Sense of purpose and student wellbeing
The well-being of students in higher education is under pressure. More than half of all students do not feel well. There is heavy substance use, often related to performance pressure, stress and student debt. With the corona crisis, the urgency to deal with student well-being has increased: almost half of the students indicate that this crisis has a negative influence on their lives. Because wellbeing is a condition for learning and functioning well in life during and after studies, it is of great importance for education to contribute to the wellbeing of students in higher education. Universities are already actively working on student welfare.
Within Radboud University too, this theme is on the agenda and work is being done on student welfare. In 2018, a number of students formed a think tank within the Radboud Honours Academy. They searched for solutions to improve student welfare within the university. And with result: the work the students did has led to the Radboudlife & Care programme.
The client of this project is the Expertise Centre for Inclusive Education (ECIO). As a national expertise centre, ECIO advises and supports universities, universities of applied sciences and vocational schools on relevant themes when shaping inclusive education and student welfare.
The essential question underlying student welfare may well be a philosophical one. As a student, you find yourself in a crucial phase of your life, one in which you go from being an adolescent to a young adult. You discover who you are, what you want and what you cannot do. This search for identity and meaning is often a process of trial and error, which sometimes requires good guidance. This quest often coincides with a period in which a great deal of independence is expected: you will be living on your own for the first time, have to manage your own finances and arrange everything yourself at university. In addition, we know from psychology that psychological problems often manifest themselves for the first time between the ages of 16 and 25: a period of life in which many young people are in the middle of their studies. In short: for many young people, a period of study is a period that revolves around meaning and identity, while at the same time a great deal of independence is expected.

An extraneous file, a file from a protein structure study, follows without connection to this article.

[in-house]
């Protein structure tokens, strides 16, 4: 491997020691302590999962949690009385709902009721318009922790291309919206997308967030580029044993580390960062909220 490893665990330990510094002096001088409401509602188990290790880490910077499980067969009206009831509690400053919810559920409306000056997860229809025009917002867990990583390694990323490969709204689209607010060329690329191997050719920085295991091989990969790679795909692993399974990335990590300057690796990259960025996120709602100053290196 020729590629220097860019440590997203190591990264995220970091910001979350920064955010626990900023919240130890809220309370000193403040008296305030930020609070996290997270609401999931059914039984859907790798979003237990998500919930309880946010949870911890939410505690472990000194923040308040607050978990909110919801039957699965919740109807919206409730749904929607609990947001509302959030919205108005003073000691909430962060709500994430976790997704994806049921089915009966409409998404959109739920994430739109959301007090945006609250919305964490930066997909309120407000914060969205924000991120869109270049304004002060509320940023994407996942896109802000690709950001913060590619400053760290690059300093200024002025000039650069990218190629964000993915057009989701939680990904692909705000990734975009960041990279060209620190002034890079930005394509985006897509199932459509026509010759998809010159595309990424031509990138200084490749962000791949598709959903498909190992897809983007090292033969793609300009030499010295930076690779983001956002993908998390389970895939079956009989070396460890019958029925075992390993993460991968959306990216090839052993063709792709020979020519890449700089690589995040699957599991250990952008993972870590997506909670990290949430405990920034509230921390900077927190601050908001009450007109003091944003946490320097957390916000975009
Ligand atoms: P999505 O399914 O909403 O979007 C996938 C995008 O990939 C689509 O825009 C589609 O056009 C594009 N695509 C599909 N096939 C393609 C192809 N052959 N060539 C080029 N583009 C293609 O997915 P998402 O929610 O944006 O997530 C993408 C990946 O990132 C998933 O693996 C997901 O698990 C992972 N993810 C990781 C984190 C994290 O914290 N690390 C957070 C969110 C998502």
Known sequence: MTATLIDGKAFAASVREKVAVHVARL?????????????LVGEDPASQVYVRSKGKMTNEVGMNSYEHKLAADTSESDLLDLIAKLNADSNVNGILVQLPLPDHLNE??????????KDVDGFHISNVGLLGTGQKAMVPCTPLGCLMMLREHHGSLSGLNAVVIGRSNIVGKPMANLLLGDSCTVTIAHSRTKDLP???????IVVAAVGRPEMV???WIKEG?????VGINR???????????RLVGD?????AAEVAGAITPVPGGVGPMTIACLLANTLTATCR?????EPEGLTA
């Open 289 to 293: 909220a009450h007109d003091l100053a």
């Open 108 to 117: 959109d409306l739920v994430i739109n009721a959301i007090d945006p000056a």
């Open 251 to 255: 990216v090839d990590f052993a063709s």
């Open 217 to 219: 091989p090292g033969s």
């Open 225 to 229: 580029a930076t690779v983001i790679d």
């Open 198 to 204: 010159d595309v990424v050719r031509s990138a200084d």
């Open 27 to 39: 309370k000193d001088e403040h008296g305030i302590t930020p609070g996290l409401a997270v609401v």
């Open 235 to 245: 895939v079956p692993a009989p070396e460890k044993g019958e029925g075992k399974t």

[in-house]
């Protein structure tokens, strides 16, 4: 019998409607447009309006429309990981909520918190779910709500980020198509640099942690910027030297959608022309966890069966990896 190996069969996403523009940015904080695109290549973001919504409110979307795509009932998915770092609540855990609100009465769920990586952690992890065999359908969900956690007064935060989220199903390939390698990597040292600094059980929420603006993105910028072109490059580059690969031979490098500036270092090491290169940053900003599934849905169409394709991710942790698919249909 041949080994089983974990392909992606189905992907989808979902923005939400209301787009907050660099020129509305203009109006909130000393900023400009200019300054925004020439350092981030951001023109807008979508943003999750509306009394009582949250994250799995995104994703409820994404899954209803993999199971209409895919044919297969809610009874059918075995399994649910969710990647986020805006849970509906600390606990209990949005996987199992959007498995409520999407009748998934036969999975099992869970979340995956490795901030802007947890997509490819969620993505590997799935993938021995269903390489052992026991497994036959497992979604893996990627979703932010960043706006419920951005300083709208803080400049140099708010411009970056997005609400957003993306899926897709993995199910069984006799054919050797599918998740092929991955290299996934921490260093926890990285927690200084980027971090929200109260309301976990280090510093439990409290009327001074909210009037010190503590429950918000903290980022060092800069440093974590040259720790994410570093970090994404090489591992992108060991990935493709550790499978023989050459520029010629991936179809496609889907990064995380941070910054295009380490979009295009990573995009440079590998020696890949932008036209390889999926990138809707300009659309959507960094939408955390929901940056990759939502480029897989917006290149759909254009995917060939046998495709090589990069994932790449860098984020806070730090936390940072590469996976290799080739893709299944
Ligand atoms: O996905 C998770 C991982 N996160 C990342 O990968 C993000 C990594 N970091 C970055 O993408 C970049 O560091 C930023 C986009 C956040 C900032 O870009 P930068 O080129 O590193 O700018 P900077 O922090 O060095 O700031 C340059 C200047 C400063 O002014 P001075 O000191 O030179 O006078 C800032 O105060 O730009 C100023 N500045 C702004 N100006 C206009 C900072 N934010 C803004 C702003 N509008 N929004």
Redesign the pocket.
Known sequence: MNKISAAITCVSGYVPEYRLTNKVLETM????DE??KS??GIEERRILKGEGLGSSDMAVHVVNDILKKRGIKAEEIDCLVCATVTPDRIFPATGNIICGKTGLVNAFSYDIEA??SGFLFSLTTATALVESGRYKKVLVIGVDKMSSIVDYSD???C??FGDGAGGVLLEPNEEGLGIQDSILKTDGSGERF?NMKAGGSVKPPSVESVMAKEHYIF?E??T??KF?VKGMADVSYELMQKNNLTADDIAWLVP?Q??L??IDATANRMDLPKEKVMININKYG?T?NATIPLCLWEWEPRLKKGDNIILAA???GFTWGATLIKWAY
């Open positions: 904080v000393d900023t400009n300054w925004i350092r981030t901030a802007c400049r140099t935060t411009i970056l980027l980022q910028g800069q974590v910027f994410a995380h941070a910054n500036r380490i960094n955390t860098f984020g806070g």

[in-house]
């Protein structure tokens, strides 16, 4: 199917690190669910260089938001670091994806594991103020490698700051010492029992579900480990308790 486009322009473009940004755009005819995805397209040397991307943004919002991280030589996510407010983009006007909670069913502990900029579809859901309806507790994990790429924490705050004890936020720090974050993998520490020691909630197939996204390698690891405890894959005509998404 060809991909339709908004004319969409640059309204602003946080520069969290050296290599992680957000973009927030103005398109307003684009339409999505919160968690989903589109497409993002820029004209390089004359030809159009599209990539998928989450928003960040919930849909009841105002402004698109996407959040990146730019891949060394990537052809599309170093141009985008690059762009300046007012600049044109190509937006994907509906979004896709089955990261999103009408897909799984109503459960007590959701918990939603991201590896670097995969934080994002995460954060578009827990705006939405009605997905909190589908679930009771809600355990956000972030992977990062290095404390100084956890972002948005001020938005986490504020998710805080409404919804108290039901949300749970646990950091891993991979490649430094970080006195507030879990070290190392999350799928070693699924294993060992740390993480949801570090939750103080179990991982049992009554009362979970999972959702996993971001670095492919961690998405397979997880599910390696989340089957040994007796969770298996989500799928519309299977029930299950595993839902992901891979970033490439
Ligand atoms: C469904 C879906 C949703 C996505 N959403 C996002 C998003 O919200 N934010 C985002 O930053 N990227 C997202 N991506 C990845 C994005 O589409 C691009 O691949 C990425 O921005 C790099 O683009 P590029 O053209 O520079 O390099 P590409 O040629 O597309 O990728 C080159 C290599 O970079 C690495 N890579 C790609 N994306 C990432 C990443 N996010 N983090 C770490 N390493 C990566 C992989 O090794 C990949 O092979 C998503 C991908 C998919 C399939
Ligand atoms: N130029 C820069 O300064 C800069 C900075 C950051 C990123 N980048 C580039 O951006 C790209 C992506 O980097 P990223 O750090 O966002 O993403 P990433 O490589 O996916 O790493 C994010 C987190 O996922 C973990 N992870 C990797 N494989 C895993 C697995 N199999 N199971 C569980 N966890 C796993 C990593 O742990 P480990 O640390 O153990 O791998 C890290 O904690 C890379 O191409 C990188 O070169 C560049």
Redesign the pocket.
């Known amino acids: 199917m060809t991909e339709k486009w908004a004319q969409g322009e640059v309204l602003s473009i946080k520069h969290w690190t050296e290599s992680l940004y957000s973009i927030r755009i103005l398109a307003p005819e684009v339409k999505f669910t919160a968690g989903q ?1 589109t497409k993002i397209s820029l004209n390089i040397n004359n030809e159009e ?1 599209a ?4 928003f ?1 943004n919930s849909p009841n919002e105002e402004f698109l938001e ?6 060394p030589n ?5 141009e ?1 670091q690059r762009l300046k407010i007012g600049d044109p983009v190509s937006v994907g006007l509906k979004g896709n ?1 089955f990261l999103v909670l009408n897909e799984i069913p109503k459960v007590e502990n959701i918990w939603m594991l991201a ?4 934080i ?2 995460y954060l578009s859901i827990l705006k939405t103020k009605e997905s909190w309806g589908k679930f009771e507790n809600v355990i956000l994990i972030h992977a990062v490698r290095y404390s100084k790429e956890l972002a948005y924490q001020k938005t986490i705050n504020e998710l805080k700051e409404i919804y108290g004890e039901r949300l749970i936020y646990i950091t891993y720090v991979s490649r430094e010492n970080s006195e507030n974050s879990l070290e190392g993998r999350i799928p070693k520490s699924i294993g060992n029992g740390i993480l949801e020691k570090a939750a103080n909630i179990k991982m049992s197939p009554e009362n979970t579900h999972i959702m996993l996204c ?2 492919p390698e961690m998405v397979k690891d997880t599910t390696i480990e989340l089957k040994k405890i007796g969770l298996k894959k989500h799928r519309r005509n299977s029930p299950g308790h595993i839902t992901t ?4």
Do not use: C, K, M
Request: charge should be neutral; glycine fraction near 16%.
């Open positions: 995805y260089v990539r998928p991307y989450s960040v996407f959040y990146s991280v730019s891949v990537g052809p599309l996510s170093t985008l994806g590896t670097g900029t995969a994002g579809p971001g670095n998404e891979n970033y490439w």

At a macro level, we can see that sense of purpose has a different meaning for the current generation than for previous generations. Religion and collectivism often play a lesser role and the emphasis is more on self-development and the individual. In addition, life choices such as buying a house, getting married and having children are often (forced) postponed. This can lead to extra uncertainty and a search for (a new interpretation of) meaning.
This project addresses questions such as: How can the academic community contribute to student welfare in relation to a sense of purpose? What works for you and your peers? Who exactly within the university can play a role in this? Which (inter)national examples can we learn from?
The weekly meetings will take place on Mondays from 18.30-20.30 unless the group decides otherwise in consultation with the supervisors.
The kick-off weekend of this think tank will be on 28 and 29 October 2022. The kick-off weekend is a mandatory part of the think tank.
prof. dr. Hans Schilderman, professor of Empirical and practical religious studies
Casper Kirkels, MA, MSc, programme coordinator Radboud Honours Academy